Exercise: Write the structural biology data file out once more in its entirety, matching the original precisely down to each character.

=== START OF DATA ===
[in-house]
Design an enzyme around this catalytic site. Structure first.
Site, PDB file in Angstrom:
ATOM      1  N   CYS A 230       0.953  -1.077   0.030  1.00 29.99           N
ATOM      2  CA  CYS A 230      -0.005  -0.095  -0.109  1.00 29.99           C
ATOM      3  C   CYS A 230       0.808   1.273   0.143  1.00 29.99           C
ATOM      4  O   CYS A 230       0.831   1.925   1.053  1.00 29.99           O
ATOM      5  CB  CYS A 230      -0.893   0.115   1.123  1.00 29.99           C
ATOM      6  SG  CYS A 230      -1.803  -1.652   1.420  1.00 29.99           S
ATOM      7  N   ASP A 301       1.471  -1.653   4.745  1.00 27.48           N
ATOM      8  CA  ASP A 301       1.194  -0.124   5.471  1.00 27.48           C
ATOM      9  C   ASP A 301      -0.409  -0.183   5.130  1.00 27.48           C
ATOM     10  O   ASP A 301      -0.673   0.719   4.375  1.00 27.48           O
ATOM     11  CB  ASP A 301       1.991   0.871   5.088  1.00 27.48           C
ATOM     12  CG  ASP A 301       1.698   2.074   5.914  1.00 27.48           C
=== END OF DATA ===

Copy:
[in-house]
Design an enzyme around this catalytic site. Structure first.
Site, PDB file in Angstrom:
ATOM      1  N   CYS A 230       0.953  -1.077   0.030  1.00 29.99           N
ATOM      2  CA  CYS A 230      -0.005  -0.095  -0.109  1.00 29.99           C
ATOM      3  C   CYS A 230       0.808   1.273   0.143  1.00 29.99           C
ATOM      4  O   CYS A 230       0.831   1.925   1.053  1.00 29.99           O
ATOM      5  CB  CYS A 230      -0.893   0.115   1.123  1.00 29.99           C
ATOM      6  SG  CYS A 230      -1.803  -1.652   1.420  1.00 29.99           S
ATOM      7  N   ASP A 301       1.471  -1.653   4.745  1.00 27.48           N
ATOM      8  CA  ASP A 301       1.194  -0.124   5.471  1.00 27.48           C
ATOM      9  C   ASP A 301      -0.409  -0.183   5.130  1.00 27.48           C
ATOM     10  O   ASP A 301      -0.673   0.719   4.375  1.00 27.48           O
ATOM     11  CB  ASP A 301       1.991   0.871   5.088  1.00 27.48           C
ATOM     12  CG  ASP A 301       1.698   2.074   5.914  1.00 27.48           C